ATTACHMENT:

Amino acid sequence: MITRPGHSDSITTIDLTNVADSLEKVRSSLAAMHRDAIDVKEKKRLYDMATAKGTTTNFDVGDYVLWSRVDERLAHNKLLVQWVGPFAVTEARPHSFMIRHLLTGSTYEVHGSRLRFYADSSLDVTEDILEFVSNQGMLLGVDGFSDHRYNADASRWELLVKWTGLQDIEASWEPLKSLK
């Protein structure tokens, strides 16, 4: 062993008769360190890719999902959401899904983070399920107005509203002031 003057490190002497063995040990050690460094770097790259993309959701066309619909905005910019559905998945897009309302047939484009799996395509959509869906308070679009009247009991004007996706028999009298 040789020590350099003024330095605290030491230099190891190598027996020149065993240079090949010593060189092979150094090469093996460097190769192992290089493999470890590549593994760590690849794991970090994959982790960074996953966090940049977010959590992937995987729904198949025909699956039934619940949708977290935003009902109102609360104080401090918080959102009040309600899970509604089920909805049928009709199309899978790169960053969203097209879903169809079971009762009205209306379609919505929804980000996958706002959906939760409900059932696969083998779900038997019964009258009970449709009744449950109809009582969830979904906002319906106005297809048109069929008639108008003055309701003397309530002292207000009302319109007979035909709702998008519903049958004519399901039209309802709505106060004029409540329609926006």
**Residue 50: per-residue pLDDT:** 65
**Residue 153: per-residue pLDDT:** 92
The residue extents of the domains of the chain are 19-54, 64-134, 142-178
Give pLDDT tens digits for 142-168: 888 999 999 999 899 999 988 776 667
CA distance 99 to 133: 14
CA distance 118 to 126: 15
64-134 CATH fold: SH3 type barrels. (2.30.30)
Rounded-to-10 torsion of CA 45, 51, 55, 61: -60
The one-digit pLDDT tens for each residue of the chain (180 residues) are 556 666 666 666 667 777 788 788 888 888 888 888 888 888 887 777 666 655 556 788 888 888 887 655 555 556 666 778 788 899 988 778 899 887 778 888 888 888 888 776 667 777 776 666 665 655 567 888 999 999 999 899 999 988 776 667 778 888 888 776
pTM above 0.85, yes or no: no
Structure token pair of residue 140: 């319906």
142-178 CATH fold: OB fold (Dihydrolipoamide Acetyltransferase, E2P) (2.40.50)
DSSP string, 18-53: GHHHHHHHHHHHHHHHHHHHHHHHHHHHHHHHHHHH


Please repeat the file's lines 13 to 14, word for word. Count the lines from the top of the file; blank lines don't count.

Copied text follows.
Structure token pair of residue 140: 């319906």
142-178 CATH fold: OB fold (Dihydrolipoamide Acetyltransferase, E2P) (2.40.50)